hear the news
In the era of rising interest rates, Foreign Portfolio Investors (FPIs) are hesitating to take risk and are investing in dollars by withdrawing their money from India. As a result, the rupee is depreciating continuously. Along with this, banks are also continuously buying dollars. The rupee has been depreciating against the dollar for the past few weeks. On June 22, the rupee had depreciated by 31 paise to close at 78.39 against the dollar.
On June 20, the rupee had closed at 78.08 and earlier on June 13, the rupee had closed at a low of 78.28. On Tuesday, the rupee fell to a low of 78.75 against the dollar. According to the National Securities Depository Limited (NSDL) data, FPIs posted a net sell of Rs 2.08 lakh crore this year and sold Rs 2,200 crore daily. Since the start of the war between Russia and Ukraine, FPIs have been selling Rs 4,500 crore per day.
The central bank is constantly trying to contain the weakness of the rupee, but so far it has not got much success. On June 15, the US Federal Reserve raised the interest rate by 75 basis points and it is being said that the Federal Reserve may increase the interest rate in the next meeting proposed in July. So far in the year 2022, the Federal Reserve has increased the interest rate by 150 basis points.
The Bank of England also increased the interest rate by 1.25 percent on 16 June, the highest in 13 years. Inflation in the euro zone has broken the 40-year record and has reached a level above eight percent. The Reserve Bank of India has increased the repo rate by 0.50 percent in the recent monetary review. Earlier, in the first week of May, the repo rate was increased by 0.40 by the central bank.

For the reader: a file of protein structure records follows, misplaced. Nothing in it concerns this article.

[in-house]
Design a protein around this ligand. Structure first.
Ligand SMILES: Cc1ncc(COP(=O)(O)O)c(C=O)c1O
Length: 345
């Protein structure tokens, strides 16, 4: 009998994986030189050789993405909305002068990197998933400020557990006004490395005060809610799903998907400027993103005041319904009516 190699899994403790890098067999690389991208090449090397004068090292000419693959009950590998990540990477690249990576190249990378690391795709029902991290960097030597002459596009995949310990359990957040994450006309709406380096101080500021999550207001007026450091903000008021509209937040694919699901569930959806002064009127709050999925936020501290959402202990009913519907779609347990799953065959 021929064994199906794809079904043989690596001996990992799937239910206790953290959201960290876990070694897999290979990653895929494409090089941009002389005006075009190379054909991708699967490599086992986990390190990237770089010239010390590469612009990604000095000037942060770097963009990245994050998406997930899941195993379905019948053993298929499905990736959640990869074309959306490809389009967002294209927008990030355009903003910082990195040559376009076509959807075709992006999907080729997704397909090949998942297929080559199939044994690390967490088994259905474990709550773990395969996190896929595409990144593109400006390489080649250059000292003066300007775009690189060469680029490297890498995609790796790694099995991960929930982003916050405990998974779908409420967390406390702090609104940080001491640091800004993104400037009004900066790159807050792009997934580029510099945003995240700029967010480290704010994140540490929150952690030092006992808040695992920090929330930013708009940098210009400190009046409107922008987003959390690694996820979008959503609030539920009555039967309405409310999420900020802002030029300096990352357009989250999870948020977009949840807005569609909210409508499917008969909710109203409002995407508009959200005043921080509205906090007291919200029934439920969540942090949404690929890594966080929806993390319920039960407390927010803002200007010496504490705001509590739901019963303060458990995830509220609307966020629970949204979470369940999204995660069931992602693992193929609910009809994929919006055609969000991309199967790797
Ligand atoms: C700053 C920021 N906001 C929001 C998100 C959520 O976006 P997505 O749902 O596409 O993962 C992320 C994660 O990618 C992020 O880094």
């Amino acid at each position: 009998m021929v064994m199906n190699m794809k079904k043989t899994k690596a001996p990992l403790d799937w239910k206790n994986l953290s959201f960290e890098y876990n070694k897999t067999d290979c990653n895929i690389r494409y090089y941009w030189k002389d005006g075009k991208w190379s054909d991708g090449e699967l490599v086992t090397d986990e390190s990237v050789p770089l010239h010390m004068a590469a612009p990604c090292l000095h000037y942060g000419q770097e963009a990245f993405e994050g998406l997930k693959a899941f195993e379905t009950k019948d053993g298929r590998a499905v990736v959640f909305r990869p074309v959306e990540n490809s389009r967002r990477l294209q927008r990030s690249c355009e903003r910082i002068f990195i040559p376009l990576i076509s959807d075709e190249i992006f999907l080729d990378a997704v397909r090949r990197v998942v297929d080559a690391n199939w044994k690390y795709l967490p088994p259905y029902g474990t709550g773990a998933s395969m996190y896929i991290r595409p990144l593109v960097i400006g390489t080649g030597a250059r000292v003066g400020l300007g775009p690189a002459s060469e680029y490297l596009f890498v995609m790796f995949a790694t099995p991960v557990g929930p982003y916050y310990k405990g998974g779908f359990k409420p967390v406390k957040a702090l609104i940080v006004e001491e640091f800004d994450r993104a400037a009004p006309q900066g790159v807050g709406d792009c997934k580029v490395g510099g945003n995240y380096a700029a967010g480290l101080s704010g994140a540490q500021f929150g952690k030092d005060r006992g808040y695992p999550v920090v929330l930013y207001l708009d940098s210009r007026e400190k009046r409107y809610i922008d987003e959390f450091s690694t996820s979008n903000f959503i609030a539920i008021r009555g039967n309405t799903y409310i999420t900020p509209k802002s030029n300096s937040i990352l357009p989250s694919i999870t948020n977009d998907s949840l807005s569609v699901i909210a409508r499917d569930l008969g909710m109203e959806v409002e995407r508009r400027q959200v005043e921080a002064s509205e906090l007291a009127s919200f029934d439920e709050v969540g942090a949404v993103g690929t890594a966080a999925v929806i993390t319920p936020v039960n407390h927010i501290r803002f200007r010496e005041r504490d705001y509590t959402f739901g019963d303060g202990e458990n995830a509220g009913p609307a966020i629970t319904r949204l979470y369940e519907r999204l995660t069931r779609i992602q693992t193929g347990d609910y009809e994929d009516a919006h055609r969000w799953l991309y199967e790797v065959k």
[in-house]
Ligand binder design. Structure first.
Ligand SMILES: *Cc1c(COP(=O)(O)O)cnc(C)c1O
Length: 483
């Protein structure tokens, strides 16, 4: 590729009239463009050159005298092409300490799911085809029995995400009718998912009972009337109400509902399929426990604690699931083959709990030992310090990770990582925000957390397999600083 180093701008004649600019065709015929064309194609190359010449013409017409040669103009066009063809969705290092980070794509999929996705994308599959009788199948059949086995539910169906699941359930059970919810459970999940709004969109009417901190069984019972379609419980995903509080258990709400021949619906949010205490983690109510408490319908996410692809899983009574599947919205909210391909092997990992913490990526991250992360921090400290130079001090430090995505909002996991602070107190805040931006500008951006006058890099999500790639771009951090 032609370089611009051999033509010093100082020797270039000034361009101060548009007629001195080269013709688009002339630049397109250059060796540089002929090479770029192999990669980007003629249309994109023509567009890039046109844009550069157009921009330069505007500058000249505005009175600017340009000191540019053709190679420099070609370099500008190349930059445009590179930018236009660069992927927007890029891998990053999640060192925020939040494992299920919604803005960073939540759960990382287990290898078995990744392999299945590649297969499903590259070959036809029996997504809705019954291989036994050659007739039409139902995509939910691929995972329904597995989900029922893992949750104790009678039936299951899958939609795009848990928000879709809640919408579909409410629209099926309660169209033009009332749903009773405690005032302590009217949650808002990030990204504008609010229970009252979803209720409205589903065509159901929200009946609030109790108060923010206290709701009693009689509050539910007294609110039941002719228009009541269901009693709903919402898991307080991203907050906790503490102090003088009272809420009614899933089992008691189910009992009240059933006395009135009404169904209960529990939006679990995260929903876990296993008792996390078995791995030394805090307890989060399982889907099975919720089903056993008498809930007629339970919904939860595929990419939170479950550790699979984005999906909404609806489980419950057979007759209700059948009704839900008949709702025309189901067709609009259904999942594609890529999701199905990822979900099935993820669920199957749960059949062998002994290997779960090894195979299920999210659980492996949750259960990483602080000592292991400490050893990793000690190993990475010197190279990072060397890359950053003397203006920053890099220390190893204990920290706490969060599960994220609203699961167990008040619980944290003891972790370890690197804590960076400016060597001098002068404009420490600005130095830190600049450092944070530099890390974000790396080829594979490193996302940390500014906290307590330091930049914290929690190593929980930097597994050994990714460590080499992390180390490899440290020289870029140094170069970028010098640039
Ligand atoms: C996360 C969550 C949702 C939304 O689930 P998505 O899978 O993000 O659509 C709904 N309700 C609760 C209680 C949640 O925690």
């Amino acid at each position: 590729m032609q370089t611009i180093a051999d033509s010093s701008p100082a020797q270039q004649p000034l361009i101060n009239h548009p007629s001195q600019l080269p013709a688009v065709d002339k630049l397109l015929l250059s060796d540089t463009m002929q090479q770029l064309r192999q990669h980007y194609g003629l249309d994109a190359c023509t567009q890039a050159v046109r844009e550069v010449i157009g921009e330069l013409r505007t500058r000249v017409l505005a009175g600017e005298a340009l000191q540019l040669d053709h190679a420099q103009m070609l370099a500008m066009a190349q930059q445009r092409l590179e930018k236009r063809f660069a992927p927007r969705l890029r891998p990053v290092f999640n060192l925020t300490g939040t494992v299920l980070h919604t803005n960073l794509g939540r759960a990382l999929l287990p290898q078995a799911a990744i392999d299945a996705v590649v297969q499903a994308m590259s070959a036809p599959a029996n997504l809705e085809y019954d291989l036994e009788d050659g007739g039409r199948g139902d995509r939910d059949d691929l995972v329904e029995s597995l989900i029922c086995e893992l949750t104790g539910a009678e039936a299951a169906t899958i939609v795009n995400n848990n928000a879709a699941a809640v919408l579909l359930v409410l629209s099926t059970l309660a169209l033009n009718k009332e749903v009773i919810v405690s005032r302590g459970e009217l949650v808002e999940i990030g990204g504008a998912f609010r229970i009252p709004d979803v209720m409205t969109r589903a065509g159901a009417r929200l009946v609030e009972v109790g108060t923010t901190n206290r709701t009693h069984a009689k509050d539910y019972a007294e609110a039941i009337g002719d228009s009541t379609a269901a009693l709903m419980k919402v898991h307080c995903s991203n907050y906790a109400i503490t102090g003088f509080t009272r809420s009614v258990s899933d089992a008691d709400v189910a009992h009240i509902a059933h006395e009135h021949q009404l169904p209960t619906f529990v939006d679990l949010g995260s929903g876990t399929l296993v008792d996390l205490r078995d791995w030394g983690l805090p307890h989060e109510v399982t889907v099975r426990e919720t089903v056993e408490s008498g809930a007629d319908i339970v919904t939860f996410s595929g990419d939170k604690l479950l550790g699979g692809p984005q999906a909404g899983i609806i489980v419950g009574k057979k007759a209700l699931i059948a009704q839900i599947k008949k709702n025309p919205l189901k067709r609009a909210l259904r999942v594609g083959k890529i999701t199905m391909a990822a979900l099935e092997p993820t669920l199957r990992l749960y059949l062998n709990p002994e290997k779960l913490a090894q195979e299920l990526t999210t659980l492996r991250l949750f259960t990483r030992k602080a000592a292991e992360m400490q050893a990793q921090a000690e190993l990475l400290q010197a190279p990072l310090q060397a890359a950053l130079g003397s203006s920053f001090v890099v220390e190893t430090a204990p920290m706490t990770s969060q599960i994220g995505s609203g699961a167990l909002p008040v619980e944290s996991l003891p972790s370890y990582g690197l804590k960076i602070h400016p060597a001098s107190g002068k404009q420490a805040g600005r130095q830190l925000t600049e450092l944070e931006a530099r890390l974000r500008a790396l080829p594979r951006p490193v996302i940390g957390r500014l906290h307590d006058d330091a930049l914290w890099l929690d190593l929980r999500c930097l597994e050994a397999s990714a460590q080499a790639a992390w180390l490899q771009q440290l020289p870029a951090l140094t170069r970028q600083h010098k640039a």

With the latest hike in the repo rate, it has risen to 4.90 per cent. After the increase in the repo rate, banks are increasing the lending rates. State Bank of India has hiked the lending rate by 20 basis points on June 15. Due to the depreciation of the rupee, the purchasing power of the people decreases. In the current scenario the purchasing power of the people of India has reduced. In such a situation, the income of the people does not decrease, but due to the fall in the price of money, people have to spend more money to buy any item, due to which they are neither able to buy the necessary goods nor able to save.
At the same time, economic activity begins to slow down. There is a decline in both production and growth rate. Job creation stops and jobs start slipping out of the hands of the people. Due to inflation, there is a decrease in the demand for various products and due to the decrease in demand, factories have to reduce production, due to which the companies have to suffer and due to the negative condition for a long period, the companies also get closed. Huh.
In fact, from the year 1960, the consumption of crude oil in India started accelerating, as more crude oil was needed in the country to keep the various parameters of development moving. Till the year 1965, the value of rupee in the international market was measured in pounds, whereas from the year 1966 in the international market the rupee was measured against the dollar. In the year 1966, the price of one dollar was 7.5 rupees, which is now on the verge of reaching 80.
Decreasing the value of its currency is not considered good for the health of the economy of any country. At the same time, it is also not right to try to stop the weakness in the rupee in a hurry, because the increase in policy rates can curb inflation to some extent, but it can reduce investment, credit growth, employment generation etc. Which play an important role in accelerating the pace of development.